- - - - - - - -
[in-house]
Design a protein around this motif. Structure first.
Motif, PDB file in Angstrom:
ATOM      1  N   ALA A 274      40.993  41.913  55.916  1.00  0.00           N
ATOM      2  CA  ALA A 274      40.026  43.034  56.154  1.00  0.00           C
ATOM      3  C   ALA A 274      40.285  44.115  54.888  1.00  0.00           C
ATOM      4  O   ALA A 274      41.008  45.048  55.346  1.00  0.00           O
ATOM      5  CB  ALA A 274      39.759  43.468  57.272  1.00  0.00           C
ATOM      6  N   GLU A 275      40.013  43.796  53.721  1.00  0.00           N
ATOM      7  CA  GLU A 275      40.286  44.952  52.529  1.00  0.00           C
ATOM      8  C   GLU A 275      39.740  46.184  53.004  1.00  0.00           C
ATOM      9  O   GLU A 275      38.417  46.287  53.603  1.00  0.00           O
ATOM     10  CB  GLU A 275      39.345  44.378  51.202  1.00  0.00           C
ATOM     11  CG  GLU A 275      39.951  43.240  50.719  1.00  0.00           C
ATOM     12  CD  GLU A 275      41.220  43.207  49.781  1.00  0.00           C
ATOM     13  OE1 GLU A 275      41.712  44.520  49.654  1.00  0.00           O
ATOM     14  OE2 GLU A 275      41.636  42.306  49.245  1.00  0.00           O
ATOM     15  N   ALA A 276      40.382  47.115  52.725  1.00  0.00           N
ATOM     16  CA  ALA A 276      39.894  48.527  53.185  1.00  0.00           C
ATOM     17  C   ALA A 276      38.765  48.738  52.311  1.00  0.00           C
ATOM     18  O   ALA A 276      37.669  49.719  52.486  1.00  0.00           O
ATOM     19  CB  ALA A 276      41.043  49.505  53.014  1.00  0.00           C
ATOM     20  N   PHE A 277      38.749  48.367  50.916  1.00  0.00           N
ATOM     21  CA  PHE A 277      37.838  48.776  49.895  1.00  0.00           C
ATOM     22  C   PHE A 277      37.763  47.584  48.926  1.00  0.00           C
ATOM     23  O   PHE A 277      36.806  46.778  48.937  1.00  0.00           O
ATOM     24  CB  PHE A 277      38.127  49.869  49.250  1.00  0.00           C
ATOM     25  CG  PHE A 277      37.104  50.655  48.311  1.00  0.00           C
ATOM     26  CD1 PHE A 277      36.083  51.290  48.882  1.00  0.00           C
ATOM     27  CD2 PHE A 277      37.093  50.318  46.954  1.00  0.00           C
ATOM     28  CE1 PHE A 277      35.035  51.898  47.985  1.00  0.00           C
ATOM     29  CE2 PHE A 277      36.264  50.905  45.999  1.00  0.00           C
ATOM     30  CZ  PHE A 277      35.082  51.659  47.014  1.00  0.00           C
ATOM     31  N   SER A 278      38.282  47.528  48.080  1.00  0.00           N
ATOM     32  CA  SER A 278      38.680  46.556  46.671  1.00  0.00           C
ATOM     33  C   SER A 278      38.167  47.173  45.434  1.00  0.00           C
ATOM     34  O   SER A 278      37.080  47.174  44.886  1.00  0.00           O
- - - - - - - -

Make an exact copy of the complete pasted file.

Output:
[in-house]
Design a protein around this motif. Structure first.
Motif, PDB file in Angstrom:
ATOM      1  N   ALA A 274      40.993  41.913  55.916  1.00  0.00           N
ATOM      2  CA  ALA A 274      40.026  43.034  56.154  1.00  0.00           C
ATOM      3  C   ALA A 274      40.285  44.115  54.888  1.00  0.00           C
ATOM      4  O   ALA A 274      41.008  45.048  55.346  1.00  0.00           O
ATOM      5  CB  ALA A 274      39.759  43.468  57.272  1.00  0.00           C
ATOM      6  N   GLU A 275      40.013  43.796  53.721  1.00  0.00           N
ATOM      7  CA  GLU A 275      40.286  44.952  52.529  1.00  0.00           C
ATOM      8  C   GLU A 275      39.740  46.184  53.004  1.00  0.00           C
ATOM      9  O   GLU A 275      38.417  46.287  53.603  1.00  0.00           O
ATOM     10  CB  GLU A 275      39.345  44.378  51.202  1.00  0.00           C
ATOM     11  CG  GLU A 275      39.951  43.240  50.719  1.00  0.00           C
ATOM     12  CD  GLU A 275      41.220  43.207  49.781  1.00  0.00           C
ATOM     13  OE1 GLU A 275      41.712  44.520  49.654  1.00  0.00           O
ATOM     14  OE2 GLU A 275      41.636  42.306  49.245  1.00  0.00           O
ATOM     15  N   ALA A 276      40.382  47.115  52.725  1.00  0.00           N
ATOM     16  CA  ALA A 276      39.894  48.527  53.185  1.00  0.00           C
ATOM     17  C   ALA A 276      38.765  48.738  52.311  1.00  0.00           C
ATOM     18  O   ALA A 276      37.669  49.719  52.486  1.00  0.00           O
ATOM     19  CB  ALA A 276      41.043  49.505  53.014  1.00  0.00           C
ATOM     20  N   PHE A 277      38.749  48.367  50.916  1.00  0.00           N
ATOM     21  CA  PHE A 277      37.838  48.776  49.895  1.00  0.00           C
ATOM     22  C   PHE A 277      37.763  47.584  48.926  1.00  0.00           C
ATOM     23  O   PHE A 277      36.806  46.778  48.937  1.00  0.00           O
ATOM     24  CB  PHE A 277      38.127  49.869  49.250  1.00  0.00           C
ATOM     25  CG  PHE A 277      37.104  50.655  48.311  1.00  0.00           C
ATOM     26  CD1 PHE A 277      36.083  51.290  48.882  1.00  0.00           C
ATOM     27  CD2 PHE A 277      37.093  50.318  46.954  1.00  0.00           C
ATOM     28  CE1 PHE A 277      35.035  51.898  47.985  1.00  0.00           C
ATOM     29  CE2 PHE A 277      36.264  50.905  45.999  1.00  0.00           C
ATOM     30  CZ  PHE A 277      35.082  51.659  47.014  1.00  0.00           C
ATOM     31  N   SER A 278      38.282  47.528  48.080  1.00  0.00           N
ATOM     32  CA  SER A 278      38.680  46.556  46.671  1.00  0.00           C
ATOM     33  C   SER A 278      38.167  47.173  45.434  1.00  0.00           C
ATOM     34  O   SER A 278      37.080  47.174  44.886  1.00  0.00           O